With the UConn track and field team well under way in their indoor season, The Daily Campus sat down with Wellington Ventura, Anish Rajamanickam and Joron Harrell to get insight into the changes in their environment here in Storrs.
Ventura is a senior and a veteran of the 400 meter squad here at UConn, holding multiple school records and currently ranked first in the Big East over that distance. Rajamanickam is a junior who is new to the same group as Ventura, having competed for the UConn club track and field team last year. Harrell is a triple jumper and a transfer from Merrimack College also in his first year on the Huskies’ roster.
After legendary head coach Greg Roy retired in March of 2022, Ventura, Rajamanickam and the rest of the 400m group received a new leader.
“Now I’m working with Selwyn Maxwell and the training is different in terms of [the] workouts,” Ventura explained. “There is a lot more lactic based stuff, but I think it’s the exact thing we need to achieve our goals, so we definitely trust it.”
Moving from club to Division I was quite the adjustment for Rajamanickam, who needed more structure and diversity in his overall routine.
“In the past, I kind of just did what I wanted to and did what I felt was tailored for me, and If I needed a day off, I could take it, but now it is a lot more structured,” the runner detailed. “There’s a training plan that’s a lot more thought out and a lot more planned. The difference is I’m doing a lot more than just running now. There’s cross training, lifting, all those different conditioning things and those have definitely helped a lot, and all those things have helped me a lot in terms of being stronger, more explosive and it’s more than just running I have realized.”
Rajamanickam then proceeded to elaborate on the change from being able to choose his own workouts to them being chosen for him.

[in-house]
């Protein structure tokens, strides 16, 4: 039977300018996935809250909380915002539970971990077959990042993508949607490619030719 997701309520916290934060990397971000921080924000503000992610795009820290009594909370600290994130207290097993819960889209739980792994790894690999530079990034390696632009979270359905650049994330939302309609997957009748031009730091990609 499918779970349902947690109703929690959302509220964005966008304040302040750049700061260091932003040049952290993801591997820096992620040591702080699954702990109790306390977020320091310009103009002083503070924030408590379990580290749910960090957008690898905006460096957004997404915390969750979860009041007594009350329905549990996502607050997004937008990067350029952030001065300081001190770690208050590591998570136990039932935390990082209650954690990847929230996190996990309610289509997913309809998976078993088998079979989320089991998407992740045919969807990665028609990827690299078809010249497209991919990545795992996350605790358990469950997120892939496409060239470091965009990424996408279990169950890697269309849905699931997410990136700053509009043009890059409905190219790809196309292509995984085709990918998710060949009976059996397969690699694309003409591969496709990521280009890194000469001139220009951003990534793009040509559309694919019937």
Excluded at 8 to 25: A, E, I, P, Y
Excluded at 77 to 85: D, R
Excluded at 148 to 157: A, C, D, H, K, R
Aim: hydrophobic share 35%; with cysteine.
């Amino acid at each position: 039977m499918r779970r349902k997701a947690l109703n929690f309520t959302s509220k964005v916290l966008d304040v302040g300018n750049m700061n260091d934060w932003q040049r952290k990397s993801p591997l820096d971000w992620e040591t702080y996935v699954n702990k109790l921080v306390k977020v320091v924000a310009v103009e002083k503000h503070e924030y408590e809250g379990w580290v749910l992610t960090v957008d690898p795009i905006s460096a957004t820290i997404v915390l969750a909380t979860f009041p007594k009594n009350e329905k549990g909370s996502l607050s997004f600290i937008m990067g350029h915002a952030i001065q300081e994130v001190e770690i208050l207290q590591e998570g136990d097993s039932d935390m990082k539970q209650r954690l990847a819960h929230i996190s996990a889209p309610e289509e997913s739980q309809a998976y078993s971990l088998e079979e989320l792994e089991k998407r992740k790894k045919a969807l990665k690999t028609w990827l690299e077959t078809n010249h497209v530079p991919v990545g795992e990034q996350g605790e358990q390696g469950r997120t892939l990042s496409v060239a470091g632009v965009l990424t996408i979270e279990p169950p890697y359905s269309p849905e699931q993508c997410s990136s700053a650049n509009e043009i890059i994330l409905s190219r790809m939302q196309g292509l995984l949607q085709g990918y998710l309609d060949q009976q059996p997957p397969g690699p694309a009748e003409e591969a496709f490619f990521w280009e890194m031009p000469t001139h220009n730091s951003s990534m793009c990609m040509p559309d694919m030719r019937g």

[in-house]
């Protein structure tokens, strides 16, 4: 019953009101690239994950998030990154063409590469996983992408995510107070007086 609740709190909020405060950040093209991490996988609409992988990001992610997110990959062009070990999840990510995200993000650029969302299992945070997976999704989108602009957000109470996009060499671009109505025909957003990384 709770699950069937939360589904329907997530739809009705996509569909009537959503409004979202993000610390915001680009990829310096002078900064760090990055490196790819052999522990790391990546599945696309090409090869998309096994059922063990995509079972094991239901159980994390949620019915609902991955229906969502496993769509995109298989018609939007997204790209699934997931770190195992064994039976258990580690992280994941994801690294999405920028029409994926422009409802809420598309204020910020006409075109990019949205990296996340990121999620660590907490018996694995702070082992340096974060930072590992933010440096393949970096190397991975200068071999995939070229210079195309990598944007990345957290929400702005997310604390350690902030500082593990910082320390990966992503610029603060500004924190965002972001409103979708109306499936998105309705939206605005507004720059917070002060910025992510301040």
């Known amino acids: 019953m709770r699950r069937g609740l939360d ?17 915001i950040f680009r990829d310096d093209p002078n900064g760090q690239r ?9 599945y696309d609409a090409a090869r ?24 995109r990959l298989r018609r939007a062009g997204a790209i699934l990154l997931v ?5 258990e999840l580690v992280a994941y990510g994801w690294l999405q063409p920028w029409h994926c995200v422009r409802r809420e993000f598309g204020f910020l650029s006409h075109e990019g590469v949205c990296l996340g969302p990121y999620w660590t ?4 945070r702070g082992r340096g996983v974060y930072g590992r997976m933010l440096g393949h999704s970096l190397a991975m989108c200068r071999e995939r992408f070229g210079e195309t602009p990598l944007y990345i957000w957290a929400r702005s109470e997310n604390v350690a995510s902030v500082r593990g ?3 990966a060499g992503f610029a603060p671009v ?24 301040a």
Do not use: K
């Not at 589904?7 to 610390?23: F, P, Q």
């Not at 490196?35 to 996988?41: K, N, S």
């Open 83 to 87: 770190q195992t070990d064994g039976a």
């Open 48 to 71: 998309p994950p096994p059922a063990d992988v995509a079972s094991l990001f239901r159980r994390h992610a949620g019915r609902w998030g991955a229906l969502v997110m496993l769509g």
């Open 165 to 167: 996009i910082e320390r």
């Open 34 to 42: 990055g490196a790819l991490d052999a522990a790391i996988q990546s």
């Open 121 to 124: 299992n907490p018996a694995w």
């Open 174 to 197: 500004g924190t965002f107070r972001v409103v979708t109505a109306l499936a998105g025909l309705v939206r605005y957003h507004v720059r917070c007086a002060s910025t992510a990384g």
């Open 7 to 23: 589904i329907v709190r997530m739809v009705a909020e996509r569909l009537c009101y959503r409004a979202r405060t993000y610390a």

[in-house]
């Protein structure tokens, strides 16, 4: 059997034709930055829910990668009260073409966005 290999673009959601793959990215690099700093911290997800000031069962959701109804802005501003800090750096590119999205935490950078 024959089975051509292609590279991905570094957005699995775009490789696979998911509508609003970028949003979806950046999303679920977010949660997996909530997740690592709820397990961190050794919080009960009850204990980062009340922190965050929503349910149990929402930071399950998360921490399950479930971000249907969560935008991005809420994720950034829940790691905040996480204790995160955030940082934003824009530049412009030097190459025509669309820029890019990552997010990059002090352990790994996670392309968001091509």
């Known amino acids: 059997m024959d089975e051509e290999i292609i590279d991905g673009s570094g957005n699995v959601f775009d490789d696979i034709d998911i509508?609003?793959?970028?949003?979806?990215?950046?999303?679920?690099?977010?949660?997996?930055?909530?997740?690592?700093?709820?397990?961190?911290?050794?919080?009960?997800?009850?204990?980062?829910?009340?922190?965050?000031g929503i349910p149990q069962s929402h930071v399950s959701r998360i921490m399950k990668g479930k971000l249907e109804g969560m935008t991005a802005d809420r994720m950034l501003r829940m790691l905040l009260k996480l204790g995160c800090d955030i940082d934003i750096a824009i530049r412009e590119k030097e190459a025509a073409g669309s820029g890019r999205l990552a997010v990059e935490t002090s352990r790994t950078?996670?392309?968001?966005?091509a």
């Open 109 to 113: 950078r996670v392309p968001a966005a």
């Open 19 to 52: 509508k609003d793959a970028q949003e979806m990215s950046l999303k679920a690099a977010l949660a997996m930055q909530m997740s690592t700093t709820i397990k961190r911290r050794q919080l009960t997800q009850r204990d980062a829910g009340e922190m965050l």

“It was unique, I guess, but I have had coaches before and it’s the same thing really,” said the athlete. “I guess the difference was, when I run on my own I wouldn’t time the reps, I would just run as hard as I could and that’s how I ran, but now that there’s times and there’s a good rep or a bad rep I have to make sure I hit the times and hit the paces so I can judge the workout how it went based on that.”
As for Harrell, transferring from a different college can always be a challenge. However, the triple jumper believes that all the changes have been positive for him so far.
“It’s been extremely different, I would say good, but there’s a stereotype that jumpers don’t run, but I’ll tell you right now — here we run — comparing it to where I was before, we run,” Harrell said. “Even in the weight room, I never really maxed at Merrimack. I know I lifted heavy, but I never really did a one rep max like I do here.”
One of the biggest advantages of Storrs included a facility upgrade, something that has made all the difference.
“We definitely condition pretty good here, and at Merrimack we didn’t even have a facility so I couldn’t even practice triple jump, explained Harrell. “We would go to the nearest high school inside the nearest gymnasium, so I could kind of get away with practicing long jump on the high jump mat, but every meet for me was practice, which is why I’m still grateful that I can improve for me to get here to UConn and keep jumping further. Now, because we have an indoor track and a pit, I can work on stuff before I get to the meet, and try to perfect my craft. Everything is a lot different, but in a good way. Even though I might be tired, I know it’s all beneficial for me.”